Nearly a quarter of all office space lies vacant in Dubai

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The importance of the physical office is unlikely to be diminished in Dubai as many businesses see a loss of productivity during the current “work from home” era caused by the coronavirus crisis, according to experts.

Robert Thomas, head of agency at real estate consultants Core, said that although the work from home will remain prevalent within hybrid models, it has also created problems for some businesses.

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“While the initial adoption of widespread work from home arrangement was met with great enthusiasm, many enterprises are now witnessing that lack of social connections and no clear separation between personal and professional life is causing loss of productivity and lower levels of engagement,” he said.

His comments comes as Core research revealed that a quarter of all office stock in Dubai is currently vacant.

Out of the total 104.9 million sq ft of office stock in Dubai, nearly 25.2 million sq ft is vacant, with the volume of vacant stock gradually increasing over the last five years.

That said, a polarising performance has been witnessed between Grade A and Grade B areas with most of the market witnessing a flight to quality. with Grade A areas typically witnessing resilience in both occupancy and rental drops.

Thomas said: “Although we agree that work from home will remain prevalent with hybrid models the largely accepted workplace strategy, the importance of the physical office is unlikely to be diminished as businesses will need common spaces to foster innovation, productivity and teamwork that are hard to sustain through remote working.”

He added: “The office market saw increased relocation activity (during Q3), particularly from SMEs and regional firms as most businesses adjusted to market conditions. International corporates on the other hand are mostly continuing to work from home for the remainder of 2020 with their real estate decisions deferred to 2021. We expect a second wave of relocations in 2021 when these large corporates adjust their workplace strategies.”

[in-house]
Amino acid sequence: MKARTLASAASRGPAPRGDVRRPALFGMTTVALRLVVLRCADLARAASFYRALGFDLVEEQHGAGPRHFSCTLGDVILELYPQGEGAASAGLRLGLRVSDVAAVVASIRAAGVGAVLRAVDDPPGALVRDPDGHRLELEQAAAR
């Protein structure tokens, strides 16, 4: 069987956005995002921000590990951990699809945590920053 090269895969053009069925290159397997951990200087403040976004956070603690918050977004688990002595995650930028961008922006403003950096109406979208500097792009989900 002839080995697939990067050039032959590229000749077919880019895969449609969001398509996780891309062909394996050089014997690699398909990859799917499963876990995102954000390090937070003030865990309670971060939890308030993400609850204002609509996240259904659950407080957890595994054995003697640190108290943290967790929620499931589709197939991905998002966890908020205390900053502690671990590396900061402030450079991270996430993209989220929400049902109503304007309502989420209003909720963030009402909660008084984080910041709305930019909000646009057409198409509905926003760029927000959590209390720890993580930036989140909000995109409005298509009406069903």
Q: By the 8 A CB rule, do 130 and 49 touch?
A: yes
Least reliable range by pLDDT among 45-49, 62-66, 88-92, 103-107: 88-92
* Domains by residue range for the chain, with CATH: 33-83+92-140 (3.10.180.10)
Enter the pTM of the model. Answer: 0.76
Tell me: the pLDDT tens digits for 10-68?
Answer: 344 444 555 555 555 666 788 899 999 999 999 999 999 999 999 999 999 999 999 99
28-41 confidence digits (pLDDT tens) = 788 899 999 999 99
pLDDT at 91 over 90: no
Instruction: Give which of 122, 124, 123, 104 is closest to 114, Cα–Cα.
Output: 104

ICD Brookfield Place was the most prominent Dubai handover of the year in September, adding nearly 1 million sq ft of Grade A office space.

According to Core, office rents have been under pressure across all the 15 districts it tracks. However, freezones with predominantly single owned office assets with relatively higher occupancy levels such as DIFC, Dubai Internet City and Media City, DWTC, DAFZA and D3 have shown resilience with nominal rental drops.

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Old Dubai locations such as Deira, Bur Dubai, Garhoud and Sheikh Zayed Road have seen average rents fall in the range of 5-10 percent year-on-year. The weakest performing areas are the strata districts of Business Bay and JLT displaying a steep 20 percent year-on-year drop in average rentals.

Core noted that occupancy levels have contracted across the board as first phase expansions remain limited and most new demand stems from relocation activity, keeping net absorption negative.

Its report said: “The UAE government has been very proactive and agile in navigating through this ongoing situation with unprecedented fiscal stimulus measures and policy reforms deployed to soften the impact on businesses while maintaining the highest standards of public health measures to curtail the spread of Covid-19.

“As we draw closer to the end of 2020, with signs of gradual revival seen across sectors, we remain cautiously optimistic of a stronger 2021 on the back of ease in global travel, potential availability of vaccinations and undoubtedly the positive impact created by the upcoming Expo.”

The Dubai Market Update for Q3 also said that Dubai saw nearly 21,500 residential units come to market so far in 2020, bringing total residential stock to 571,500 units. There are over 10,500 units expected to be handed over in Q4, taking the total 2020 deliveries to 32,000 units – albeit significantly lower than the initial conservative forecast of 49,000 units at the beginning of the year.